PUCKER FACTOR: A term used to describe the tightness of your sphincter following a close call.
I tie a knot in the end of the rope, the last thing that will keep me from plummeting to an almost certain death if something fails on my rappel device and self-belay.
“Rope!” I yell out of habit even though I can see exactly where the rope will land and no one could possibly be hanging out there over the next drop.
After setting up on to the rope and triple checking everything I step backward and weight the anchor. “Oh God! Please don’t fail bolts!” is all that is running through my head. The next 60 feet are a tight, awkward rappel leading to a ledge before I have to drop about 10 feet to a set of bolts placed over a 300 foot void in the canyon with barely enough ledge for my big feet to have a place to stand.
My large frame sticks in the narrow slot. My heart starts to beat faster as I get closer to the 300 foot drop and I’m struggling to fit through, having to fight to get out. As I start to lean out over the last ledge to look for the bolts down 10 feet on the huge wall my mind starts to play tricks on me.
“Damn it!” I say to myself, trying to calm restless mind (cursing helps!). “I let to much slack back through my device and now I have to get all the stretch of the rope back into it.” If you don’t know what that’s like you’re missing out on a funky time. Imagine that first few steps of a rappel, how awkward they are as you weight the anchor and drop down; but instead of being able to lean back and weight the anchor you have to simply drop until the static rope stretches under your weight (Yeah, static lines have a lot of stretch). Not only that…I’m doing it over a ledge that has me staring straight down a 300 foot wall, the stopper knot in my rope in site a few feet past the bolt station.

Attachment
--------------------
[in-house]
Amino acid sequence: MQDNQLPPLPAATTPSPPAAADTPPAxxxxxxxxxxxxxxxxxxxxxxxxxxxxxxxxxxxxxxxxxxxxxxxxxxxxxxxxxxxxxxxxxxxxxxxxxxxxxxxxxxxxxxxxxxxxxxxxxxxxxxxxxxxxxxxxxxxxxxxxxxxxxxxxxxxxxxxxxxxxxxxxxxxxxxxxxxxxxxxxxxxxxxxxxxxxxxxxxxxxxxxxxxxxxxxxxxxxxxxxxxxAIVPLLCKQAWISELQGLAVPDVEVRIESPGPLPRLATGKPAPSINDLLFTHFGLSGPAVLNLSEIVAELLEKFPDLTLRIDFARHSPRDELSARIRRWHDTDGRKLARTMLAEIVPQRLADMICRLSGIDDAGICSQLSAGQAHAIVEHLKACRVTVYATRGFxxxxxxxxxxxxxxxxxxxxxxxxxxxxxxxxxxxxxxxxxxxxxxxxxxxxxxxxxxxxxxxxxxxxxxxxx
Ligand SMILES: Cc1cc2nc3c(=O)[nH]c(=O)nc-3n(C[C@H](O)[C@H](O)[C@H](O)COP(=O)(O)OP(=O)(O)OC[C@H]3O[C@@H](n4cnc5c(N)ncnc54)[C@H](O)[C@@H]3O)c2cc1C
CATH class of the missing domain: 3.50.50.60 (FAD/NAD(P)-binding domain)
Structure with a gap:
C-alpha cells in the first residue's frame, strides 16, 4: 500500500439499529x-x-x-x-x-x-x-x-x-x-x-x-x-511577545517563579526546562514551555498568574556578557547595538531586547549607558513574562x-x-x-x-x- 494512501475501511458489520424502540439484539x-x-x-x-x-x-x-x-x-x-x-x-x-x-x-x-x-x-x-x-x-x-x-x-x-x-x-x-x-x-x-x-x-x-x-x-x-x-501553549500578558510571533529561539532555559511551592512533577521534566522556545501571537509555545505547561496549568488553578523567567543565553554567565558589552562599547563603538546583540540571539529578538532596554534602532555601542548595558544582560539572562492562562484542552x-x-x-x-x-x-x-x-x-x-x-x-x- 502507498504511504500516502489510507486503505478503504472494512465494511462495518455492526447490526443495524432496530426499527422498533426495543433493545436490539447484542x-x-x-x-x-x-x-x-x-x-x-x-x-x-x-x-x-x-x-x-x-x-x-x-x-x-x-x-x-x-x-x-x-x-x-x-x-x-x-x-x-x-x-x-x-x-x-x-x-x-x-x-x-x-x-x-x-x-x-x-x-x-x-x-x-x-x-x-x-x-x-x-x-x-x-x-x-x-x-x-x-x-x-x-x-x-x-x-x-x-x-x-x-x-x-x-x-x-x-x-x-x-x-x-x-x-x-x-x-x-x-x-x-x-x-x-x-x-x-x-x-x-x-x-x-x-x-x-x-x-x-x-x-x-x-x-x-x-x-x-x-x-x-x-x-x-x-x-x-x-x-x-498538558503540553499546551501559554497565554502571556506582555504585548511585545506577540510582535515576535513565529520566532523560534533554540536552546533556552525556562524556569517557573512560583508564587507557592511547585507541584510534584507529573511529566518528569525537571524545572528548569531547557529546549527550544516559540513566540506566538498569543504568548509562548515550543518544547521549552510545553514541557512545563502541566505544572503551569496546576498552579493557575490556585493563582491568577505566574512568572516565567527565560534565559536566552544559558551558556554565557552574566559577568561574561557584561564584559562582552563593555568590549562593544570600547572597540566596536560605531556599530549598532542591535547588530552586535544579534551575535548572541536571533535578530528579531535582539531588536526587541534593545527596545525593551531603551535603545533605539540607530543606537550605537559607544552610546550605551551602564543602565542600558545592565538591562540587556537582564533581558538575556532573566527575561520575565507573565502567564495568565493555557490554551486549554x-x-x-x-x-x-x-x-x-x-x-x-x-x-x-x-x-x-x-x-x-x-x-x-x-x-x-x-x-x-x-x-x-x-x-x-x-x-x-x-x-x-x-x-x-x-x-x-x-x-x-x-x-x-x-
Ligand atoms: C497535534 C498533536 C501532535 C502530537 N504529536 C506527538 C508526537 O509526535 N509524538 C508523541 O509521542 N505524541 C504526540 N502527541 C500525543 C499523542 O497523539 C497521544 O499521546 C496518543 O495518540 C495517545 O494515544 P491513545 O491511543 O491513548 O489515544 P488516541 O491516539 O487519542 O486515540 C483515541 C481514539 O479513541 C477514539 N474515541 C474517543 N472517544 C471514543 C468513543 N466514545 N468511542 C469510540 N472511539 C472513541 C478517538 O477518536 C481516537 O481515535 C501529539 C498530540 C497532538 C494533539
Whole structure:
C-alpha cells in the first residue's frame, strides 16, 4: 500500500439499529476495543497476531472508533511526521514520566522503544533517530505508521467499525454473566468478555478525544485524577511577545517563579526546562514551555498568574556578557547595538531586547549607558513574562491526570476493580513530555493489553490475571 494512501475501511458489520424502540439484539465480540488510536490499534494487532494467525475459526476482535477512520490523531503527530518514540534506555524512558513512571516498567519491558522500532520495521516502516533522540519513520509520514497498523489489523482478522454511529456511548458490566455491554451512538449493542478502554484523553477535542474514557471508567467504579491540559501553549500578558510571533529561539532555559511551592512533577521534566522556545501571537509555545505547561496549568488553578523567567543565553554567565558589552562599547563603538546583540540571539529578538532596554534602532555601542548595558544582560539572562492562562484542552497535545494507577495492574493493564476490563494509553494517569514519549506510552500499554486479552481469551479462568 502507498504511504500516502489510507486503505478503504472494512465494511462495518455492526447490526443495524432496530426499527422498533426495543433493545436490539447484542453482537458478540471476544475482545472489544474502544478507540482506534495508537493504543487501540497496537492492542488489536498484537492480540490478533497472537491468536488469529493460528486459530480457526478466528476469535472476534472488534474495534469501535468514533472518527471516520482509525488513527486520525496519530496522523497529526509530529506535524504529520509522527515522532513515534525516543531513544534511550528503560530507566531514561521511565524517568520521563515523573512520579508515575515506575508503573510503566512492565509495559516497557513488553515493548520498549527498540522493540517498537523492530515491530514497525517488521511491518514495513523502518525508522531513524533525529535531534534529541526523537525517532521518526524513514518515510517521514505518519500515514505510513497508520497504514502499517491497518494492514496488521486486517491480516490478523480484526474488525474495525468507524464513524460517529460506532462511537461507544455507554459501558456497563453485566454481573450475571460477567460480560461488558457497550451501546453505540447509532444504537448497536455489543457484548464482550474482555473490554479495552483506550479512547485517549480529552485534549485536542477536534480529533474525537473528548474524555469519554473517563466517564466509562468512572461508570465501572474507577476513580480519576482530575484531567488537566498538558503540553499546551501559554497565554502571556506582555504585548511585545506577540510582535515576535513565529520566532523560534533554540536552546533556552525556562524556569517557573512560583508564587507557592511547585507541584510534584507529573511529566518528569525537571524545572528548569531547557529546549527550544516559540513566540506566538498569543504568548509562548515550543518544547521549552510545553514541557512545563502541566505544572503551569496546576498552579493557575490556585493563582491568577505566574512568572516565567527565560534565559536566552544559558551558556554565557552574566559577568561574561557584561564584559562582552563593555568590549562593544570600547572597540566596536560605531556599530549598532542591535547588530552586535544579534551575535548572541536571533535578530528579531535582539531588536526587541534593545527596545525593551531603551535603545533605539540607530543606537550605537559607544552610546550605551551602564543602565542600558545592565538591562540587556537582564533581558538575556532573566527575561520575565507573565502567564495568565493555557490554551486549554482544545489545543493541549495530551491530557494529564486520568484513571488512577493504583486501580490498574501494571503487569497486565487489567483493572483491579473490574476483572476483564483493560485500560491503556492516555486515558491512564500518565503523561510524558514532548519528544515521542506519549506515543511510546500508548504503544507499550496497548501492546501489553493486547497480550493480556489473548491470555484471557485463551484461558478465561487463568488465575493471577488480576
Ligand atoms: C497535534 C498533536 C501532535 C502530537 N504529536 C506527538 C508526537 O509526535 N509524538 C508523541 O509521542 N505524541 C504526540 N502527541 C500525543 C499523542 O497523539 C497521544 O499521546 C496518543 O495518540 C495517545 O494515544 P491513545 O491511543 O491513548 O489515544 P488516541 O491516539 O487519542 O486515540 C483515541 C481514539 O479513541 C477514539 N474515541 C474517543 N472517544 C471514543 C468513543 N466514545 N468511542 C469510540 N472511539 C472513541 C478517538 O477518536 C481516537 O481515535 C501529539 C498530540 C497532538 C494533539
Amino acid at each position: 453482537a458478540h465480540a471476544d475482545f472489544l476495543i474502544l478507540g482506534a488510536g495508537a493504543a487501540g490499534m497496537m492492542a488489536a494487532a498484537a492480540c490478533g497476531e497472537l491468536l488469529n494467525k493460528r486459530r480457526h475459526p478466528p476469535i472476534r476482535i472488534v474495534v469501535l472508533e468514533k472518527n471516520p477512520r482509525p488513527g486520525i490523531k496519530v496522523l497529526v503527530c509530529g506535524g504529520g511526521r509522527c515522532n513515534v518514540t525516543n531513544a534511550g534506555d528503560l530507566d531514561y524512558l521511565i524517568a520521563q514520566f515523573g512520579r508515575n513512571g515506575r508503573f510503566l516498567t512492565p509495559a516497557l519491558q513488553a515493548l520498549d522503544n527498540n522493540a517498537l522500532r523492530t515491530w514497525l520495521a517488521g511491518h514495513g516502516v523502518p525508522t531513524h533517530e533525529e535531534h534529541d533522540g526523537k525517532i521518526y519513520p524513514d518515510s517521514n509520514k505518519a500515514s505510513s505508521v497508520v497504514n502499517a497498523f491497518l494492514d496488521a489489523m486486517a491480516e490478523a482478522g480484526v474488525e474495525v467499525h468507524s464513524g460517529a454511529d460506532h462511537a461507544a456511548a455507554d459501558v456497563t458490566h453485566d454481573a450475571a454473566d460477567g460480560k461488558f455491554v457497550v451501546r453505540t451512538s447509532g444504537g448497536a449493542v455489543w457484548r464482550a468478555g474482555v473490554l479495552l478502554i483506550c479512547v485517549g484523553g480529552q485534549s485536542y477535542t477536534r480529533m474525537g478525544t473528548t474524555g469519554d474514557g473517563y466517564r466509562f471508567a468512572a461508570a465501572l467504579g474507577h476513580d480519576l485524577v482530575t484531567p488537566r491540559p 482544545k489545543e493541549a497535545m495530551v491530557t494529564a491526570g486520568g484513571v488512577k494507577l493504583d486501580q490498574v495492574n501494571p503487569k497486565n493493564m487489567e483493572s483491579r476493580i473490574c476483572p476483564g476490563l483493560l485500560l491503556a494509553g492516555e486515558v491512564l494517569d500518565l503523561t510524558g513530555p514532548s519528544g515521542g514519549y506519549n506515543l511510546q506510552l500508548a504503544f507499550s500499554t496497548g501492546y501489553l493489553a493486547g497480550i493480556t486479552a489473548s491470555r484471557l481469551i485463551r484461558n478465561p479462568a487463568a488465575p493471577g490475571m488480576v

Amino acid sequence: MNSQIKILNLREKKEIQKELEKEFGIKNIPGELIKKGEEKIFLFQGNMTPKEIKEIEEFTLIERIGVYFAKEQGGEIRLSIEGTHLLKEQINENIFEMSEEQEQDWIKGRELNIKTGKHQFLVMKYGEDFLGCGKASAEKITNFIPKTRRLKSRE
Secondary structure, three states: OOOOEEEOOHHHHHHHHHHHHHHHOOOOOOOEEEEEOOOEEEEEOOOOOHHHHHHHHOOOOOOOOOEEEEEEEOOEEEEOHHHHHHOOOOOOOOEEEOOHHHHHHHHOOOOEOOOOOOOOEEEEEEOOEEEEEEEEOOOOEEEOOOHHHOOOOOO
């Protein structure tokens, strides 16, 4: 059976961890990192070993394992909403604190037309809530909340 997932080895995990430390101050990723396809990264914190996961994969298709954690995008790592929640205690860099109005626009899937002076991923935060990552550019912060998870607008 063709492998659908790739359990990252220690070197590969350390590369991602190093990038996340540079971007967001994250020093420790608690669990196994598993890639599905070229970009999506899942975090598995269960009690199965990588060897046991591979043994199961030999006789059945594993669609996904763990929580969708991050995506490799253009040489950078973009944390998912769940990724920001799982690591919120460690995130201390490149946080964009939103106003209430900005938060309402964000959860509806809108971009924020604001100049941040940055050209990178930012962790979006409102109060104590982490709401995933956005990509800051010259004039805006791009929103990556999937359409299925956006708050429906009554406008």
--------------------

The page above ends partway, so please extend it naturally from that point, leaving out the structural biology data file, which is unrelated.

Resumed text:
I get to the bolt station, my butt is hanging out over the void and the only thing holding me is my hand, if that fails a VT Prussik, if that fails I will fall to the end of the rope — about 15 feet — and hit the stopper knot.
“The bolts are all intact,” I yell to Chris. “There’s SOOOOO much webbing here. Clean out your garbage people!”
I clip my PAS in and lock the carabiner. Now that I’m safely attached to this bolt station I take myself off the rappel. I get to hang out here and help everyone with the transition from 70 foot rappel to 300 foot rappel. I make myself comfortable on the “ledge” and lean back in my harness.
“OFF ROPE!” And Chris makes his way down to me and then down the 300 foot rappel.
As I watch him go down the big drop and disappear over a ledge, vertigo kicks in. I have to grab on to the bolt station and breath a bit. It was a weird feeling, but I quickly feel better.
Chelsea tells me that this is, “Bat-shit crazy!” as she transitions to the 300 foot rope.
Dan asks me, “What the HELL are we doing?” As he clips into the bolt station.
After an hour all five look like ants down there below me.
Now it’s my turn…
…no one here to double check me.
…no one here with words of encouragement.
…no one to ensure I’m doing everything right.
Except that stupid lizard scrambling down to see what these stupid humans are doing.
I weight the 300 foot rope and start the descent.
It’s the coolest feeling in the world to be a speck on the side of a wall in the middle of nowhere. All the pucker-factor and anxiety don’t mean anything as I slide down the rope.
Free! Stoked! SO DAMN HAPPY!
Now, a collection of photos of canyoneering Waterholes Canyon, Arizona: